In the February 4, 1735, edition of the Pennsylvania Gazette, Benjamin Franklin wrote in an anonymous letter:

In the first Place, as an Ounce of Prevention is worth a Pound of Cure, I would adviseem to take care how they suffer living Coals in a full Shovel, to be carried out of one Room into another, or up or down Stairs, unless in a Warmingpan shut; for Scraps of Fire may fall into Chinks and make no Appearance until Midnight; when your Stairs being in Flames, you may be forced, (as I once was) to leap out of your Windows, and hazard your Necks to avoid being oven-roasted.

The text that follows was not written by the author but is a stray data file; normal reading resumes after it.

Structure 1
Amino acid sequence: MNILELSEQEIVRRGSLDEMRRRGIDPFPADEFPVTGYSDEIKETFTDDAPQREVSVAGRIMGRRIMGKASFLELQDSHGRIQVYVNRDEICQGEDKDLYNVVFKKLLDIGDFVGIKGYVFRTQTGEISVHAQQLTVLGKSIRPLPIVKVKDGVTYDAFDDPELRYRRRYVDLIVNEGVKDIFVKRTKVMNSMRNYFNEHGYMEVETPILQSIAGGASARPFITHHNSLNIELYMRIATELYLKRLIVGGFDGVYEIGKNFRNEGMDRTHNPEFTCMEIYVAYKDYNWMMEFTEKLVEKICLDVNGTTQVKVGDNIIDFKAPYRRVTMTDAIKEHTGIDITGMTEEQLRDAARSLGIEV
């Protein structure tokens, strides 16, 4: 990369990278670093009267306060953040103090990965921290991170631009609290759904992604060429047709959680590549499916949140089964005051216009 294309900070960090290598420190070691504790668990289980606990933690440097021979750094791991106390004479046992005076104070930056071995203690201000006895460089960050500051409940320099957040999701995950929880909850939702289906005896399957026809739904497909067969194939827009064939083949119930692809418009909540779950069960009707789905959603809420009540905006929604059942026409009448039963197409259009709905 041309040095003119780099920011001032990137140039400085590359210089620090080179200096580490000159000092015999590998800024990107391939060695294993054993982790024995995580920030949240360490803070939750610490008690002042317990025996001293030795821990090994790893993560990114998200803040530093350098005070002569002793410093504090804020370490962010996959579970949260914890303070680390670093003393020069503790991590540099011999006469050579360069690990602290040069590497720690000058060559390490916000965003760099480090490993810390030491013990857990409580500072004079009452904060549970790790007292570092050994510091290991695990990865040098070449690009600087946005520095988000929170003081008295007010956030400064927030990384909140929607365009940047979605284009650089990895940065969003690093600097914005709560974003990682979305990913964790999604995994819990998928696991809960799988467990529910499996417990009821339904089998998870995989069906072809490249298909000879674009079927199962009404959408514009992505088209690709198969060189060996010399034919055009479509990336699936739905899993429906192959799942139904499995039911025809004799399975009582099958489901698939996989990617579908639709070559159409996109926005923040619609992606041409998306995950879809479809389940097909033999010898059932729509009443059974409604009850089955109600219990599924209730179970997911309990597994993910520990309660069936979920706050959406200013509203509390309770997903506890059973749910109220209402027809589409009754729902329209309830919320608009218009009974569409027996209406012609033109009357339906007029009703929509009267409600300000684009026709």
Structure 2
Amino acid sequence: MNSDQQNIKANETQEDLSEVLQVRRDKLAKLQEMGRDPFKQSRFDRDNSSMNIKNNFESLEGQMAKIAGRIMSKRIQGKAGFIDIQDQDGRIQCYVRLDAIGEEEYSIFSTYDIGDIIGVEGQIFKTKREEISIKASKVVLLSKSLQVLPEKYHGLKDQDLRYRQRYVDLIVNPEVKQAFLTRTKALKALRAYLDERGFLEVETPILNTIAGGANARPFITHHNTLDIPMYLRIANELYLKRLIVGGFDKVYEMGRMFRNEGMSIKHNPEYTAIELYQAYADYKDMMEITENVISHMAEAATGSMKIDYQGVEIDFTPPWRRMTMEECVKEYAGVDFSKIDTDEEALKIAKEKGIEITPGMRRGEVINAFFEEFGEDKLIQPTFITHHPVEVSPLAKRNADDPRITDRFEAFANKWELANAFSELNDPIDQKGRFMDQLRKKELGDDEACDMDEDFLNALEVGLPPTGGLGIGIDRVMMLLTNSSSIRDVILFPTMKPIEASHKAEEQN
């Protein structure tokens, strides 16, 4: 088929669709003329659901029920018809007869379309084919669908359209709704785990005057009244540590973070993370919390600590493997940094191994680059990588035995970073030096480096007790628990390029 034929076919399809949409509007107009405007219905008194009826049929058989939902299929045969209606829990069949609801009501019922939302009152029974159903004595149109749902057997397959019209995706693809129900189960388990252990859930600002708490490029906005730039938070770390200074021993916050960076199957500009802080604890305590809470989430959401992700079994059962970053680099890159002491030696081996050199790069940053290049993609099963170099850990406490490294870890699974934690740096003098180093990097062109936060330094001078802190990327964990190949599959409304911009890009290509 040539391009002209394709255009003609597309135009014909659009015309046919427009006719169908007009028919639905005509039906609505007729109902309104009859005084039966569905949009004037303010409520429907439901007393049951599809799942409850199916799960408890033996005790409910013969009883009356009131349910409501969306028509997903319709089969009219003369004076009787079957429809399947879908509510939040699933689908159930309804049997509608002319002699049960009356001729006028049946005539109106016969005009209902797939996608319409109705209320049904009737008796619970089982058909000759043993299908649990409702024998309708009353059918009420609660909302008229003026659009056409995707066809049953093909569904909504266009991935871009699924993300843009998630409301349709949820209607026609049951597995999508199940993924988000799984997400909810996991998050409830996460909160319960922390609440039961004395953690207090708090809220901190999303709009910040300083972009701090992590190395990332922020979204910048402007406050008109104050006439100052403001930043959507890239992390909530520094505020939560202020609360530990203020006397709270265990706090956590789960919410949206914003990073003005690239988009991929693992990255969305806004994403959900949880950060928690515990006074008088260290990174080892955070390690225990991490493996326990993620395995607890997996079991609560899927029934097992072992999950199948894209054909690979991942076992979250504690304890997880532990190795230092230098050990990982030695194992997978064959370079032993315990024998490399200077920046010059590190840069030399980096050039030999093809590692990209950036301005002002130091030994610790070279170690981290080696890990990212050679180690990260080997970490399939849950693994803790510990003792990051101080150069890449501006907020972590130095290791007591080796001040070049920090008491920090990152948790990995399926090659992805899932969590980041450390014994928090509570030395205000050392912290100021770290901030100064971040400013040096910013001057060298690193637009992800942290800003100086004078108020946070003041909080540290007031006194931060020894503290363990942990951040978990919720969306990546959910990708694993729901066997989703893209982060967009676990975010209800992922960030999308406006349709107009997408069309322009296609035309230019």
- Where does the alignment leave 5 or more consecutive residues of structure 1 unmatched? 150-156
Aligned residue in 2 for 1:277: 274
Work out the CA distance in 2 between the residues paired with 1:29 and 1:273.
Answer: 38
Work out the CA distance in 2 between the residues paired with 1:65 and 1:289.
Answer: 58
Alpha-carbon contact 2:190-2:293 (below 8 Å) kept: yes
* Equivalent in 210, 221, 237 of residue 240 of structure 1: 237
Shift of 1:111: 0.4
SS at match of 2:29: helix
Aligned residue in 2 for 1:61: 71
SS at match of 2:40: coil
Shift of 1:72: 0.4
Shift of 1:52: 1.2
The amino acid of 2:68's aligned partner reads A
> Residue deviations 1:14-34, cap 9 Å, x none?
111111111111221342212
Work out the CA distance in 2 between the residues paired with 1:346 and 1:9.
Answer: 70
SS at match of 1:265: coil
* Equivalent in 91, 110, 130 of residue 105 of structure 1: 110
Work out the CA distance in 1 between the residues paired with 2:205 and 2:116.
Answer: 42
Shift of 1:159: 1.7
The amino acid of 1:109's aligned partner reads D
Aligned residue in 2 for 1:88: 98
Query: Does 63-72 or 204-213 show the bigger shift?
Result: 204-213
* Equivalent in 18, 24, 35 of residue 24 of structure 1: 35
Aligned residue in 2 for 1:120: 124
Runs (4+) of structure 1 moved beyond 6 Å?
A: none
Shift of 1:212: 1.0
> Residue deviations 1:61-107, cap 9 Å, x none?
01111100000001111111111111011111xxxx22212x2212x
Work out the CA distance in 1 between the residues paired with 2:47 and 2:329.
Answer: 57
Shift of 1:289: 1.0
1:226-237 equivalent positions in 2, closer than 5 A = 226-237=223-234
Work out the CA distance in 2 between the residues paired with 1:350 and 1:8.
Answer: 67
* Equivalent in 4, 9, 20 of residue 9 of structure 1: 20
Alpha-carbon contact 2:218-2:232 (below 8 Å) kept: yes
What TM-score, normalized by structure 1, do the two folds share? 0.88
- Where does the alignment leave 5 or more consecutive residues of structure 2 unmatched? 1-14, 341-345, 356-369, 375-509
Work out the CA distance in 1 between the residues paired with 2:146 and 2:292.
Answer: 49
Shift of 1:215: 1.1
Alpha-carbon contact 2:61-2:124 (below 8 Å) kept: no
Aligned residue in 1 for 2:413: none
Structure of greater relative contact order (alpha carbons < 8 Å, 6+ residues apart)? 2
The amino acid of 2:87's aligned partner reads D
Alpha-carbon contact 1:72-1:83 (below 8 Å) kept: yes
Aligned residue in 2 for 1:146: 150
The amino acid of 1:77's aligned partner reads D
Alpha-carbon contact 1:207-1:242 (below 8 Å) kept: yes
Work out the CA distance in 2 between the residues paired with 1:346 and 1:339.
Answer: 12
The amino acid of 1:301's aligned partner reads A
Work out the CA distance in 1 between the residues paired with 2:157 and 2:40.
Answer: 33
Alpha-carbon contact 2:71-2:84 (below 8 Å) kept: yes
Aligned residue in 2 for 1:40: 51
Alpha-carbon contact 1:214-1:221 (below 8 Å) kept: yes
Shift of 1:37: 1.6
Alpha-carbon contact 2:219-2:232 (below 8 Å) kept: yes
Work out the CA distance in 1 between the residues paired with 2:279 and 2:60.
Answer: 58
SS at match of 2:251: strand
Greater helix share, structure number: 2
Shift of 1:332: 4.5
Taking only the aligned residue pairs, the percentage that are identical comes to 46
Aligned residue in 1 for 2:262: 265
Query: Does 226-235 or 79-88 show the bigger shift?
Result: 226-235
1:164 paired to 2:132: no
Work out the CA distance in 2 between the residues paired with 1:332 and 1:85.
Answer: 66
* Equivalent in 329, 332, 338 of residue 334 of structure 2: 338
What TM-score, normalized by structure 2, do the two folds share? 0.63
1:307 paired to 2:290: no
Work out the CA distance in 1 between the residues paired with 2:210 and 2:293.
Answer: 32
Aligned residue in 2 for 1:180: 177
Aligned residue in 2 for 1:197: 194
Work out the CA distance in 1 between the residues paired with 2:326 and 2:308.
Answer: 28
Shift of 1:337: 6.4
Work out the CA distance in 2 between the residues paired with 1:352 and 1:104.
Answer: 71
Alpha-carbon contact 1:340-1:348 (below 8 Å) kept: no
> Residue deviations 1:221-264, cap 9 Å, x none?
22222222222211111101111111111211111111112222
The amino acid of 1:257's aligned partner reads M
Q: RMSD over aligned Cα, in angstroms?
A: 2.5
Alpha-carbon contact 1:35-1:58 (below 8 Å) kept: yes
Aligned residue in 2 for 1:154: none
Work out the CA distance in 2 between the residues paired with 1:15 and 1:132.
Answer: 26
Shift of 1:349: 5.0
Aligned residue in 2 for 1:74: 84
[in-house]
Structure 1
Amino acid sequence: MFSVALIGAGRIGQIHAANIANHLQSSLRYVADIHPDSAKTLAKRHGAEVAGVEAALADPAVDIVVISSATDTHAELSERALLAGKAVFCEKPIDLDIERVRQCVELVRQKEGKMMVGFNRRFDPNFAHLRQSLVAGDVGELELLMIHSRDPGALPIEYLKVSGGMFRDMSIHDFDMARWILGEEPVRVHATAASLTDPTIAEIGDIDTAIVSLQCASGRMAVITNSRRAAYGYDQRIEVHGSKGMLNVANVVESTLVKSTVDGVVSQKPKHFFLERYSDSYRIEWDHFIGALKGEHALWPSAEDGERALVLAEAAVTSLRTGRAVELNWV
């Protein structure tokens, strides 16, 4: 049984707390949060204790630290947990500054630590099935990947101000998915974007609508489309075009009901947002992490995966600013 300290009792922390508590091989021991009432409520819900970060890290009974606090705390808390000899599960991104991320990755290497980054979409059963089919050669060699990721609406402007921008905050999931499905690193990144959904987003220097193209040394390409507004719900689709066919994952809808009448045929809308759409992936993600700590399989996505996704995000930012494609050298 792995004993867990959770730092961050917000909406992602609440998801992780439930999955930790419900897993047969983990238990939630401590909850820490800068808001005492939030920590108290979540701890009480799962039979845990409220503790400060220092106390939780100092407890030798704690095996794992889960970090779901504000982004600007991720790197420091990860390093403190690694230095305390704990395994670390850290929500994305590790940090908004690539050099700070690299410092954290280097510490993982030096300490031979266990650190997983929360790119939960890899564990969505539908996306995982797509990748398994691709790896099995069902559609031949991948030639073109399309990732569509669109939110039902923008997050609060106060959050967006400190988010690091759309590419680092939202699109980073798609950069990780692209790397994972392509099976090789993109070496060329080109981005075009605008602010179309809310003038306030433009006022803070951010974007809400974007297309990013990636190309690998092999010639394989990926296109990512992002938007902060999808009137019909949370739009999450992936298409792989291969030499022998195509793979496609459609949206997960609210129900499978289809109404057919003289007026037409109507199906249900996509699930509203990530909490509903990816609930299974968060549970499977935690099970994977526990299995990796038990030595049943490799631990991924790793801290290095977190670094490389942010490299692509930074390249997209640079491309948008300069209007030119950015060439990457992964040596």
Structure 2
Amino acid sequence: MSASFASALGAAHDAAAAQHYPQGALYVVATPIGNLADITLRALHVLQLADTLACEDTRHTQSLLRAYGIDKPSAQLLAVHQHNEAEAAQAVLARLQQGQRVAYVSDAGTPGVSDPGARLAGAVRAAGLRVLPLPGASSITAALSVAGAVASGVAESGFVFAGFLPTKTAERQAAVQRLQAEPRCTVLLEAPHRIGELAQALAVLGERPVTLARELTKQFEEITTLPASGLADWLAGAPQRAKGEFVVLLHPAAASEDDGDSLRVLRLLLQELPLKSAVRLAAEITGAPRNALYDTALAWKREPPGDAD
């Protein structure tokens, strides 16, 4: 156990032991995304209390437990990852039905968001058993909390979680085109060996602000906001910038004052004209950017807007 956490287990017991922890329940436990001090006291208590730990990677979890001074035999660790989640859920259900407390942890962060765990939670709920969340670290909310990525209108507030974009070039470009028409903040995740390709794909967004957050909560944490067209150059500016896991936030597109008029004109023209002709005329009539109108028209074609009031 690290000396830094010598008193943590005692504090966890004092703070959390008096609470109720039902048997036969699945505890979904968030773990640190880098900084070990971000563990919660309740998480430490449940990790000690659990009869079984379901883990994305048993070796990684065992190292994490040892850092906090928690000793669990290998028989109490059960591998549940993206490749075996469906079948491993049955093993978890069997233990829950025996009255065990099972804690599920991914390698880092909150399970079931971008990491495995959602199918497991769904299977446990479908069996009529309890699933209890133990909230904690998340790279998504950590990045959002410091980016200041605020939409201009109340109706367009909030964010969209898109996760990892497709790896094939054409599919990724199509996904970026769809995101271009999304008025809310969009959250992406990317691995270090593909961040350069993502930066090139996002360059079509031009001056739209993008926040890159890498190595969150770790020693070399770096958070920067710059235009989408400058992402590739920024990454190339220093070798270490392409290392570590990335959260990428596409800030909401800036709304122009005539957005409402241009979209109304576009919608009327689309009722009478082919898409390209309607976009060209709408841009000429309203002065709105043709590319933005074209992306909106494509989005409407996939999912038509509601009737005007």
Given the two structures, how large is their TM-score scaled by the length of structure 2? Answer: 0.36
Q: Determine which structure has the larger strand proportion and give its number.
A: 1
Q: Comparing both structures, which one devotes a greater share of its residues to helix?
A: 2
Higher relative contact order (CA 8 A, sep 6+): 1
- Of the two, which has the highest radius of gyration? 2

This admonition is the origin of the still-repeated proverb “an Ounce of Prevention is worth a Pound of Cure,” and though he was writing of fire safety and the consequences of laxity in that area, he might as well have been writing about e-discovery project planning and its risks. As any experienced e-discovery practitioner will confirm, being forced to risk your neck jumping out the window of a burning house, because of something tiny you missed while hurrying around, can be a pretty good analogy for the e-discovery experience.

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